What Should I Expect from Embalming School?

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  • Written By: Mary McMahon
  • Edited By: O. Wallace
  • Last Modified Date: 25 November 2019
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At embalming school, students learn how to embalm and prepare the bodies of the dead for viewing and eventual disposition. The precise curriculum can vary, depending on legal requirements for people who wish to practice as embalmers, but the curriculum usually includes theoretical education in the classroom along with practical skills in the lab. After graduation, someone can apply for a license to practice as an embalmer, which may require successful completion of an exam administered by a government agency.

The practice of embalming involves removing the blood from the deceased and replacing it with embalming fluid. At embalming school, students learn about the chemistry of embalming in the classroom, and discuss additional theoretical skills which can be useful. In the lab, they have an opportunity to practice embalming and activities related to preparation of the body, including how to position the body, composing the face and applying makeup, and techniques used to prevent seepage while the body waits for burial.

Restorative arts are also an important part of embalming training. If a body has been damaged by disease or accident, an embalmer can use restorative techniques to create a more familiar, life-like look. Restorative arts can include techniques such as fabricating replacement body parts for parts which are injured or lost in an accident, restoring facial structure for a decedent with severe facial damage, or restoring a body after autopsy so that it can be viewed by family members.


In addition to learning about the practical techniques involved in the process, students at embalming school also learn about embalming safety so that they can work safely and effectively. They are also given classroom education in the areas of the law which pertain to their work. Embalmers typically learn about workplace safety requirements, for example, so that they can keep the facilities where they work compliant with the law.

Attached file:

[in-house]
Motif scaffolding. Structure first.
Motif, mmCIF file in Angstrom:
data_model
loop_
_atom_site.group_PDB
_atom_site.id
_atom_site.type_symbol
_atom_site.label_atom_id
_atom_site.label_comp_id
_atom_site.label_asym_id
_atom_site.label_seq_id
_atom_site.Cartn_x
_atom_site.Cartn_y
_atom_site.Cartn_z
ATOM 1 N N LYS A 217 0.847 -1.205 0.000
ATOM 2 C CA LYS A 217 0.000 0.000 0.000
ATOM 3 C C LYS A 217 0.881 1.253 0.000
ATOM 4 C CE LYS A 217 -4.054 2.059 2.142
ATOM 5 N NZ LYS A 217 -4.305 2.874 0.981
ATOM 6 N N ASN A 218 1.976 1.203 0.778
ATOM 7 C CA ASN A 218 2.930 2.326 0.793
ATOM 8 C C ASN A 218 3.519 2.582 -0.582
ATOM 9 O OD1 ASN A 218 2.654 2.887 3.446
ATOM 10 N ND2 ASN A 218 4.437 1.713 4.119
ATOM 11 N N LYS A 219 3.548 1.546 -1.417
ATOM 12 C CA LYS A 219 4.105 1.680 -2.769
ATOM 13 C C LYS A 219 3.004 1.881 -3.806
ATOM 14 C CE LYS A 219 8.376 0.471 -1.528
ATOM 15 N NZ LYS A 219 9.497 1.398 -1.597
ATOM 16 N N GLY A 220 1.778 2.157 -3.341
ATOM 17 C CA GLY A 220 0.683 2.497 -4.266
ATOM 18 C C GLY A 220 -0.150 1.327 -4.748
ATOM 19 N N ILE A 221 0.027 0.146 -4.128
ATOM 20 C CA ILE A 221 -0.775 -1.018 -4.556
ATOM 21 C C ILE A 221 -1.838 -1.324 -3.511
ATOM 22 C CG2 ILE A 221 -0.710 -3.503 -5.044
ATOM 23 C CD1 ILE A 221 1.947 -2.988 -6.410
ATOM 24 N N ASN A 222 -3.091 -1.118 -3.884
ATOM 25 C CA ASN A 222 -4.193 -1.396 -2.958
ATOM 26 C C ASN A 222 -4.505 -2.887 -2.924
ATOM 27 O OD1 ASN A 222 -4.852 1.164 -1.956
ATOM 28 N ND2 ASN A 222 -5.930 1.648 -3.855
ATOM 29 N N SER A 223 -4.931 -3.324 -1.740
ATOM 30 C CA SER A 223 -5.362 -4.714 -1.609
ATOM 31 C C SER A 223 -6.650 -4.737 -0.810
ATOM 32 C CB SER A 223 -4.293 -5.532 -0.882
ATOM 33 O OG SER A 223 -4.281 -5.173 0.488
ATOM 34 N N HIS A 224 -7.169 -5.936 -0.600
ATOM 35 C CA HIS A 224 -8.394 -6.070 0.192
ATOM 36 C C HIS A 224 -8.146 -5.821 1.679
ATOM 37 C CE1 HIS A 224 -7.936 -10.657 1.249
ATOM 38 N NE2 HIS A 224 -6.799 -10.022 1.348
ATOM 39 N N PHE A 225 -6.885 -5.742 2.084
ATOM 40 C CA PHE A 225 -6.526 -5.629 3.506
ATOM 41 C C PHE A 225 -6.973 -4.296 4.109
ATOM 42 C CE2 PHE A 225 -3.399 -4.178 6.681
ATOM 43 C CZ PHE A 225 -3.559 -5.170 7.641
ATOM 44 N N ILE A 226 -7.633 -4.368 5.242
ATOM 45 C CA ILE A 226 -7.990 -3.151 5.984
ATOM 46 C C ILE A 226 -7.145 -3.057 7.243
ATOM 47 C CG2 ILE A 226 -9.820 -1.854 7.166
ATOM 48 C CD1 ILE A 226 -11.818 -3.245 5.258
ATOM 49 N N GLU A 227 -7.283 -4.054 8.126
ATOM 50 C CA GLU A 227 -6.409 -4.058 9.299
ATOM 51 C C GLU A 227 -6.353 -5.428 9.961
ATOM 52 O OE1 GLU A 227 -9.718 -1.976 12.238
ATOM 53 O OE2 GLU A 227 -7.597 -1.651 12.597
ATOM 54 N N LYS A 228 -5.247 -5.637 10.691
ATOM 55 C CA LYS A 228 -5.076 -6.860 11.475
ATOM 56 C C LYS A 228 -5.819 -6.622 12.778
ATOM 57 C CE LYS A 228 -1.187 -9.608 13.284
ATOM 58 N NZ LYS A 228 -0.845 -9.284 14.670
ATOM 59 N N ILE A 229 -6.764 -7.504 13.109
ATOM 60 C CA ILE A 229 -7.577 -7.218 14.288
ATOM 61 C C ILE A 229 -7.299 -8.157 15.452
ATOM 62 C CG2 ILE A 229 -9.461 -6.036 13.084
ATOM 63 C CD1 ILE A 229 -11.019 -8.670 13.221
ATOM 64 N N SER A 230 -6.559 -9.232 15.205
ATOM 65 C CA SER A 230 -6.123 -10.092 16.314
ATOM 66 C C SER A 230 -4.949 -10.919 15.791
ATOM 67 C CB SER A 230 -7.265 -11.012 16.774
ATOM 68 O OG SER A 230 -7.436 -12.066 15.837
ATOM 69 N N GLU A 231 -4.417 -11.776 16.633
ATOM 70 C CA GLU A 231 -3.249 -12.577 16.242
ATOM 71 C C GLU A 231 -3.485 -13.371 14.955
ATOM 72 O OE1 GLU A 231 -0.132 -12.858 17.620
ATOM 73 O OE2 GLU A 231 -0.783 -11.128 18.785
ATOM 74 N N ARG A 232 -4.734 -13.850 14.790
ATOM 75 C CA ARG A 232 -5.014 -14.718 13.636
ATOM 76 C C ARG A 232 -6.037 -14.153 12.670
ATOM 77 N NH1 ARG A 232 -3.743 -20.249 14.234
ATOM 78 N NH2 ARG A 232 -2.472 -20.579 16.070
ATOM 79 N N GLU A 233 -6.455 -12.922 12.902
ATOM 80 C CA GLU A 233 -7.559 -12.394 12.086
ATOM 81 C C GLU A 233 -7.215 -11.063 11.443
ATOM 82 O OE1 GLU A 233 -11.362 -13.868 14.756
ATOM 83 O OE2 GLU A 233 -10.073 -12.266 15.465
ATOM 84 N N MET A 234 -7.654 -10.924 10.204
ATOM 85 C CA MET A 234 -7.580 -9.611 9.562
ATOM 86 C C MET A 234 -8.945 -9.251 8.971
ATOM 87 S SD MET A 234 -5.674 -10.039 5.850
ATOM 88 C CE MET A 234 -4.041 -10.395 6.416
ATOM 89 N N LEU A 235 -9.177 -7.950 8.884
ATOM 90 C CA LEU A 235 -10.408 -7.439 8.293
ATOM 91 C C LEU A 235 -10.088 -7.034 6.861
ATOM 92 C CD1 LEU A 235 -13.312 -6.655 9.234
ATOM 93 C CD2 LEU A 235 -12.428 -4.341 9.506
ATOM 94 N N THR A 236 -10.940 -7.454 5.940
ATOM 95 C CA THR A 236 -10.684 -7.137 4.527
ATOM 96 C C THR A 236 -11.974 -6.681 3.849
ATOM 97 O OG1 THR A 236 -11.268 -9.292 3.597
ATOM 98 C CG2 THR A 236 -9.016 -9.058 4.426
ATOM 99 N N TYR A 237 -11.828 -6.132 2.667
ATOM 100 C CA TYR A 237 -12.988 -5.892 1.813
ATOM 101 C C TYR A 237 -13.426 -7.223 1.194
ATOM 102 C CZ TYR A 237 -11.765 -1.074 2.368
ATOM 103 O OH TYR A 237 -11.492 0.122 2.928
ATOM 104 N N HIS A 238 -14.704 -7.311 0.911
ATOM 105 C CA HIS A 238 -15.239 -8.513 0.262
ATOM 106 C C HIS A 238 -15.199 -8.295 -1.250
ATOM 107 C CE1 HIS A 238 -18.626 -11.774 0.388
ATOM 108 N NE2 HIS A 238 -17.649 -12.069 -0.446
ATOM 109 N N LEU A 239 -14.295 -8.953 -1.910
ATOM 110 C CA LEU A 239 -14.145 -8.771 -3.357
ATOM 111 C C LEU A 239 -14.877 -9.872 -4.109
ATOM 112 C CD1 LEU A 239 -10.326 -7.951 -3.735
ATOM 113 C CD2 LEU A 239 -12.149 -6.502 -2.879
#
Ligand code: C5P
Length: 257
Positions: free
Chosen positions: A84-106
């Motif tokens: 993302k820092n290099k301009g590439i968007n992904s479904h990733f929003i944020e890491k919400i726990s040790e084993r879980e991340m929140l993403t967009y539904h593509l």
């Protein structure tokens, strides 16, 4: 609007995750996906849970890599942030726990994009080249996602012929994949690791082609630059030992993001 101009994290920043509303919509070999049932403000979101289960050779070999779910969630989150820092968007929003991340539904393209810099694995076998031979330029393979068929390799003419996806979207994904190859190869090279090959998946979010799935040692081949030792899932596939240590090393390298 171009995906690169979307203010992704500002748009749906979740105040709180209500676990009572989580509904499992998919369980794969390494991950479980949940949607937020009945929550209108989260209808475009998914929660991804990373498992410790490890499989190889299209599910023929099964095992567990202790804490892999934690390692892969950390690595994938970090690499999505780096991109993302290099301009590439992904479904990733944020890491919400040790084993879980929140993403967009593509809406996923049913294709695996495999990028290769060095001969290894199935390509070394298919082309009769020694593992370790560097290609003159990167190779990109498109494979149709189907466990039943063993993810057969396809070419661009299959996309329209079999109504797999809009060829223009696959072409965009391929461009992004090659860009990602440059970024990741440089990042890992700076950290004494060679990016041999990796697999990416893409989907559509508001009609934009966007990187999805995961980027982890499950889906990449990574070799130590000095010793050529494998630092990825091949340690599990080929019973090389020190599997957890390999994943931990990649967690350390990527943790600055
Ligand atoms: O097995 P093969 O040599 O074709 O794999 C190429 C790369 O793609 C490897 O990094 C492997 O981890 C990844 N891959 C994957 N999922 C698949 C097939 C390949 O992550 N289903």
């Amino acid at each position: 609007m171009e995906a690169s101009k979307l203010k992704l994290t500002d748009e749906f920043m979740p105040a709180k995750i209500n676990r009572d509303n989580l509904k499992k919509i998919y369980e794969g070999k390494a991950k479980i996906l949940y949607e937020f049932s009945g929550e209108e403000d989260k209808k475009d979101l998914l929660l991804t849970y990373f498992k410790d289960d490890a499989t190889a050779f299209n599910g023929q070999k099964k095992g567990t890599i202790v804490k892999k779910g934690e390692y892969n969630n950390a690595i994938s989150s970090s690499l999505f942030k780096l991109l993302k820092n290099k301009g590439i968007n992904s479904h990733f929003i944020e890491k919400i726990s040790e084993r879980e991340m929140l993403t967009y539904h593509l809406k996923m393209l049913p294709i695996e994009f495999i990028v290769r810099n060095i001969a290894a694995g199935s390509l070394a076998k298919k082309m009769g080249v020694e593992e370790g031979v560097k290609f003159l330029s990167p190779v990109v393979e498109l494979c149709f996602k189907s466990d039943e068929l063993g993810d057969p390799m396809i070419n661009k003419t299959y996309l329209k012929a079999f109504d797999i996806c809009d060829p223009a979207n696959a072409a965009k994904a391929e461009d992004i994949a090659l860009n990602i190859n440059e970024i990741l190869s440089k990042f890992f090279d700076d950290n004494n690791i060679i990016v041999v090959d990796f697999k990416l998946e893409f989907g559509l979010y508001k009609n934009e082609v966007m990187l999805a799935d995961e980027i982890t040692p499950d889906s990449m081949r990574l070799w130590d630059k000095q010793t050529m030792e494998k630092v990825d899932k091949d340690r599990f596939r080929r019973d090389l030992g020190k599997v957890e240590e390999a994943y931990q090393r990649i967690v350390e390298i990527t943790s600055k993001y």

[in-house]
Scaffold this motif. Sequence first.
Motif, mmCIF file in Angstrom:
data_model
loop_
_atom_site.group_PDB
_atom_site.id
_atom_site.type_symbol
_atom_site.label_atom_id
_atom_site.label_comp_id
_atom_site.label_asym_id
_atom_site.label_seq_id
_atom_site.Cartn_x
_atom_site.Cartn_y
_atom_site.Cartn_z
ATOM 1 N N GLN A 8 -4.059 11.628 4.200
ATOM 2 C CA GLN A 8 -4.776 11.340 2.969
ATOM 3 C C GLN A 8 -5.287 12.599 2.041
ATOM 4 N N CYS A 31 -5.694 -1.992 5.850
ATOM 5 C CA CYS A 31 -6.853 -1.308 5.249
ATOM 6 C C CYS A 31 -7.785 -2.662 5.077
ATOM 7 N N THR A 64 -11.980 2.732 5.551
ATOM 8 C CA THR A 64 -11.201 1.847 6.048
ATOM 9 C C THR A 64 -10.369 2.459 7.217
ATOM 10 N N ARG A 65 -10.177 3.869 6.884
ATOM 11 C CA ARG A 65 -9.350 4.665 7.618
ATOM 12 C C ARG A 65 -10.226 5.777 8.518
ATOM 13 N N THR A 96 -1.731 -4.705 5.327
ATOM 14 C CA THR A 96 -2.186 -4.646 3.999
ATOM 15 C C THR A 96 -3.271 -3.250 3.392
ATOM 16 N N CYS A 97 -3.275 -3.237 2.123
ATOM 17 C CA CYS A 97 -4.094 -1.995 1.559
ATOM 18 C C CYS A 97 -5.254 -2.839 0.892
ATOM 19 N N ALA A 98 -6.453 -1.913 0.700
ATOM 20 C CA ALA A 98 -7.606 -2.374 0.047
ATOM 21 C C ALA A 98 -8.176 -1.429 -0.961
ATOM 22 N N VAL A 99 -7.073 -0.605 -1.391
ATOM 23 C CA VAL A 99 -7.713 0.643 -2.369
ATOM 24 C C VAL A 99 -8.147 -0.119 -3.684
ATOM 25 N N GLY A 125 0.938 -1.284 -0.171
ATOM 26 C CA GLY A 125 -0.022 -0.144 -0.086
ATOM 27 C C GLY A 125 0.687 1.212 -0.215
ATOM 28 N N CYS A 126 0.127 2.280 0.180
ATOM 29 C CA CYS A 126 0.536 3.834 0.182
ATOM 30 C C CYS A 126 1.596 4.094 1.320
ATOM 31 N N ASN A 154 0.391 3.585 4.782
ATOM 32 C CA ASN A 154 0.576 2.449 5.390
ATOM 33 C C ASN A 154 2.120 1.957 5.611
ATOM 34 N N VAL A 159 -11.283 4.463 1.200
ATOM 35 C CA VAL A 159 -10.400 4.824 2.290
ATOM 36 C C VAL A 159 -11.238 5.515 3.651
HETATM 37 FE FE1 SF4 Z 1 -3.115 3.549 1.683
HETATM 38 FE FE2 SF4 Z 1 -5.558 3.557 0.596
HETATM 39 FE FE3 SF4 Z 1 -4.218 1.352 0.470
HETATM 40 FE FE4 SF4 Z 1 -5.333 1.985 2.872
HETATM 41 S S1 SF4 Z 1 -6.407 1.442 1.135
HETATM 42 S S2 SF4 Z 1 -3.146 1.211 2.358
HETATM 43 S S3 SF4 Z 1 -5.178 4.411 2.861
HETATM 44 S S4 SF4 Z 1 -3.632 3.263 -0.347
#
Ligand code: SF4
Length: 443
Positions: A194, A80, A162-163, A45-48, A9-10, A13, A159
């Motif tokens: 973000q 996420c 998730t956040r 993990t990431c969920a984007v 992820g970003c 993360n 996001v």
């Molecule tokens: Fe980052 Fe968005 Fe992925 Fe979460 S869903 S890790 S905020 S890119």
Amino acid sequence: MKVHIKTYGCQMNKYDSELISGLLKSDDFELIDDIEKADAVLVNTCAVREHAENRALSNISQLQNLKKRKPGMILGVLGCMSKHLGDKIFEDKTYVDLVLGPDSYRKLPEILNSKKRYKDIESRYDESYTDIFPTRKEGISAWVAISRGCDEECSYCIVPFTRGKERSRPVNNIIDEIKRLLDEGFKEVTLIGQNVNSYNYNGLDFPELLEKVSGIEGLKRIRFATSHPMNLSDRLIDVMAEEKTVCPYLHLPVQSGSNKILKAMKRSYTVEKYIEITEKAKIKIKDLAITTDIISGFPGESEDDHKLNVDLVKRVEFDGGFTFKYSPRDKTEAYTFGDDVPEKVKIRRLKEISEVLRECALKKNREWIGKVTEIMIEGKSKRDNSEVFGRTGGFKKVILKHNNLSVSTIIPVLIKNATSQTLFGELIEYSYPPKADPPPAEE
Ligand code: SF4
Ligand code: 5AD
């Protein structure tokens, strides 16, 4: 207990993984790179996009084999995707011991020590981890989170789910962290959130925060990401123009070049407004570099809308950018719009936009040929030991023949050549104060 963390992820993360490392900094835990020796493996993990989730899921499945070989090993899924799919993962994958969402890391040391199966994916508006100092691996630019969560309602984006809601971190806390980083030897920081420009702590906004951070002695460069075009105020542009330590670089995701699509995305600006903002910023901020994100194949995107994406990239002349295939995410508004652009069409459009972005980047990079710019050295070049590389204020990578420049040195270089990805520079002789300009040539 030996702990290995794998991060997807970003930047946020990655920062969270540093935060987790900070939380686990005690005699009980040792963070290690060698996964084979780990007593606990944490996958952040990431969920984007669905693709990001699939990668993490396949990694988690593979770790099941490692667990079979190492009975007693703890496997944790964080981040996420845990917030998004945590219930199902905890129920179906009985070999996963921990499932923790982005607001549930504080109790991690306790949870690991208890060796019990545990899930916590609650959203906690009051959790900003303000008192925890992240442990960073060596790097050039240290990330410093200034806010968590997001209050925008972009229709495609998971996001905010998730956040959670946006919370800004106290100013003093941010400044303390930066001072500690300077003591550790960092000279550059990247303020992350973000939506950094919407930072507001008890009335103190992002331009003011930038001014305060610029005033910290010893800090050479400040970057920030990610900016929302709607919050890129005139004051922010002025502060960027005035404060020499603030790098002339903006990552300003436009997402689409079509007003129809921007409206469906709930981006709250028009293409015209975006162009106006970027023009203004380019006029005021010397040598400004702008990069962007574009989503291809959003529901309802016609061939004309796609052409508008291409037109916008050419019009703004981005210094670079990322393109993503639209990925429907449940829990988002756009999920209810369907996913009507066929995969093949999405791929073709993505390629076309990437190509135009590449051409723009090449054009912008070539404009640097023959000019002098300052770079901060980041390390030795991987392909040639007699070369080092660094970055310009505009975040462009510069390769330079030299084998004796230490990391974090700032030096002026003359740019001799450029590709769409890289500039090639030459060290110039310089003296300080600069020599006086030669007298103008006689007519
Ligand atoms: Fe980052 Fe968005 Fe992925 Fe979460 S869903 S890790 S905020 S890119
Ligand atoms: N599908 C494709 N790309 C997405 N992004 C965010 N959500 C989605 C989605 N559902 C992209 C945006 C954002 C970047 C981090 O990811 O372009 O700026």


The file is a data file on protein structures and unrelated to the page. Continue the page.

In some cases, an embalming school also provides internship opportunities to students who want work experience. The school may also offer job placement, ensuring that students can start work as soon as they graduate from embalming school.

People who are interested in working as funeral directors can pursue additional training and coursework, with such classes often being available at schools which offer embalming education. Becoming a funeral director requires more training and coursework, and the successful passage of the funeral director's exam. Once someone qualifies as a funeral director, he or she may opt to focus on dealing with family members and the logistics of funeral planning, contracting embalming services out to a licensed embalmer.


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Post 5

Wow! Yes I want to be an embalmer!

Post 3

I once had to watch an embalming DVD at school, and let me tell you, that stuff is creepy. I mean, I totally have a new respect for embalmers after watching it, especially the ones that do restorative art embalming, but I was also totally creeped out.

Post 2

@littleman -- Well, there are no real set prerequisites before you start in on an mortuary science or embalming degree, but it is a bit of a process to get accepted into one.

You first have to research what embalmer schools are in your area by looking at the American Society of Embalmers.

Then you can contact the school, and they will set you up in a program; most last three to nine months.

Even though there are no one set of prerequisites, ways to up your chances of getting accepted into an embalming school are taking science classes, and by networking with your local funeral home director. They'll be able to better advise you.

Post 1

Wow, who knew that you could learn so much at a school of embalming. I wonder what the entry requirements are for attending embalming school...does anybody know?

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